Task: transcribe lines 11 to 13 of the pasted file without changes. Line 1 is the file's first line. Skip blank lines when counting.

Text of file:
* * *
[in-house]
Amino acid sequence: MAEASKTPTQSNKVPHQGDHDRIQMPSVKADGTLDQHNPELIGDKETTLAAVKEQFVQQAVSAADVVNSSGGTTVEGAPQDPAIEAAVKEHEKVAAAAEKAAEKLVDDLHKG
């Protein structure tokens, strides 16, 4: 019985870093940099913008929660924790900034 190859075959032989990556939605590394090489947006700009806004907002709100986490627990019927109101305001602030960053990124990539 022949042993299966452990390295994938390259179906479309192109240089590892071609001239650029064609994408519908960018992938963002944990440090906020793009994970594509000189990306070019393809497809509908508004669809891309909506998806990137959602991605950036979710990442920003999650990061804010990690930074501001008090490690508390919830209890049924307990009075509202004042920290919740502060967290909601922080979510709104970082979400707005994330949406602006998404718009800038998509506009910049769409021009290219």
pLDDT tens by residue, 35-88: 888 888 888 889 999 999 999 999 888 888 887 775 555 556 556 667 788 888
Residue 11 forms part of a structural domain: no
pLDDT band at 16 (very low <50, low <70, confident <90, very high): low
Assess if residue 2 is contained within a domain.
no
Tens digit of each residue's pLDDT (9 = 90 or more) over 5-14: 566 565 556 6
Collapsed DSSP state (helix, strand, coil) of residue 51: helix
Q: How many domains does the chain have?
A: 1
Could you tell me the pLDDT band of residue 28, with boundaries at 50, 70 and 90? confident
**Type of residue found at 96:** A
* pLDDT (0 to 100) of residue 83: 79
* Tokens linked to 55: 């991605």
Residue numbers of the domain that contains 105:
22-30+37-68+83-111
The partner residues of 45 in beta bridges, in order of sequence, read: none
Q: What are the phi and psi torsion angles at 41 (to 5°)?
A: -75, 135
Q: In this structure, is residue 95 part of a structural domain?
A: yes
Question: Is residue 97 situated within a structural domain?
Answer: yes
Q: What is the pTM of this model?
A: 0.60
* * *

Q: How many domains does the chain have?
A: 1
Could you tell me the pLDDT band of residue 28, with boundaries at 50, 70 and 90? confident